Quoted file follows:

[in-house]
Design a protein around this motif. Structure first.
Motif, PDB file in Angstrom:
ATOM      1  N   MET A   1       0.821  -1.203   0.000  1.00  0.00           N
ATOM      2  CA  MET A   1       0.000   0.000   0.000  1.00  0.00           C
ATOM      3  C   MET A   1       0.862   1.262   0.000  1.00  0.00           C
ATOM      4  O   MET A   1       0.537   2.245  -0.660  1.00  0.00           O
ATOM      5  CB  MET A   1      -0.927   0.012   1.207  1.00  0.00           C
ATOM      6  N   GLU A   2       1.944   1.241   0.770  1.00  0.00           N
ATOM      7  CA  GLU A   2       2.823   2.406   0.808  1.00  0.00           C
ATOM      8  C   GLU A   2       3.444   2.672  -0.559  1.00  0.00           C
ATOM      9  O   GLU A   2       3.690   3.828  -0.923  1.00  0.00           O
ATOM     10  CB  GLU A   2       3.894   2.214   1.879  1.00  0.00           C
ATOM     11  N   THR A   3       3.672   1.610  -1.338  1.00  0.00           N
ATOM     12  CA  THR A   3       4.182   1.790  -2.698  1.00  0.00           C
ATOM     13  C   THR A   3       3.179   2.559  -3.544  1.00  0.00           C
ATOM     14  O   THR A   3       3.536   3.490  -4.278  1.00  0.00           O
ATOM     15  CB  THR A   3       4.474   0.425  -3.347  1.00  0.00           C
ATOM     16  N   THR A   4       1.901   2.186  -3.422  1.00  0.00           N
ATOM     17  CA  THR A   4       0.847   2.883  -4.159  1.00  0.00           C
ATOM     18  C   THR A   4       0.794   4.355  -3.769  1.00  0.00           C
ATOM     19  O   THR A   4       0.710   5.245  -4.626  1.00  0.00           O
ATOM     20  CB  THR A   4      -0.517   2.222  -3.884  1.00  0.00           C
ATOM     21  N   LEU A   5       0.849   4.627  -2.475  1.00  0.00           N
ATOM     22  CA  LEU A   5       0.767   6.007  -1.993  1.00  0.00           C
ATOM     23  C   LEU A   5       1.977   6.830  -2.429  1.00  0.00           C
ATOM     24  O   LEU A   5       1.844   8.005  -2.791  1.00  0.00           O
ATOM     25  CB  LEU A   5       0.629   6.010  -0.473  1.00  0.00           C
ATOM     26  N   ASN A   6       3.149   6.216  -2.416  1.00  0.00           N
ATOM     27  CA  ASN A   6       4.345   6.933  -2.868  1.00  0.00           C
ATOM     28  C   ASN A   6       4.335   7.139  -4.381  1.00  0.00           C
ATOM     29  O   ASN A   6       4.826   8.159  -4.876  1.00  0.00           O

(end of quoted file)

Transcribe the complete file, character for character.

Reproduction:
[in-house]
Design a protein around this motif. Structure first.
Motif, PDB file in Angstrom:
ATOM      1  N   MET A   1       0.821  -1.203   0.000  1.00  0.00           N
ATOM      2  CA  MET A   1       0.000   0.000   0.000  1.00  0.00           C
ATOM      3  C   MET A   1       0.862   1.262   0.000  1.00  0.00           C
ATOM      4  O   MET A   1       0.537   2.245  -0.660  1.00  0.00           O
ATOM      5  CB  MET A   1      -0.927   0.012   1.207  1.00  0.00           C
ATOM      6  N   GLU A   2       1.944   1.241   0.770  1.00  0.00           N
ATOM      7  CA  GLU A   2       2.823   2.406   0.808  1.00  0.00           C
ATOM      8  C   GLU A   2       3.444   2.672  -0.559  1.00  0.00           C
ATOM      9  O   GLU A   2       3.690   3.828  -0.923  1.00  0.00           O
ATOM     10  CB  GLU A   2       3.894   2.214   1.879  1.00  0.00           C
ATOM     11  N   THR A   3       3.672   1.610  -1.338  1.00  0.00           N
ATOM     12  CA  THR A   3       4.182   1.790  -2.698  1.00  0.00           C
ATOM     13  C   THR A   3       3.179   2.559  -3.544  1.00  0.00           C
ATOM     14  O   THR A   3       3.536   3.490  -4.278  1.00  0.00           O
ATOM     15  CB  THR A   3       4.474   0.425  -3.347  1.00  0.00           C
ATOM     16  N   THR A   4       1.901   2.186  -3.422  1.00  0.00           N
ATOM     17  CA  THR A   4       0.847   2.883  -4.159  1.00  0.00           C
ATOM     18  C   THR A   4       0.794   4.355  -3.769  1.00  0.00           C
ATOM     19  O   THR A   4       0.710   5.245  -4.626  1.00  0.00           O
ATOM     20  CB  THR A   4      -0.517   2.222  -3.884  1.00  0.00           C
ATOM     21  N   LEU A   5       0.849   4.627  -2.475  1.00  0.00           N
ATOM     22  CA  LEU A   5       0.767   6.007  -1.993  1.00  0.00           C
ATOM     23  C   LEU A   5       1.977   6.830  -2.429  1.00  0.00           C
ATOM     24  O   LEU A   5       1.844   8.005  -2.791  1.00  0.00           O
ATOM     25  CB  LEU A   5       0.629   6.010  -0.473  1.00  0.00           C
ATOM     26  N   ASN A   6       3.149   6.216  -2.416  1.00  0.00           N
ATOM     27  CA  ASN A   6       4.345   6.933  -2.868  1.00  0.00           C
ATOM     28  C   ASN A   6       4.335   7.139  -4.381  1.00  0.00           C
ATOM     29  O   ASN A   6       4.826   8.159  -4.876  1.00  0.00           O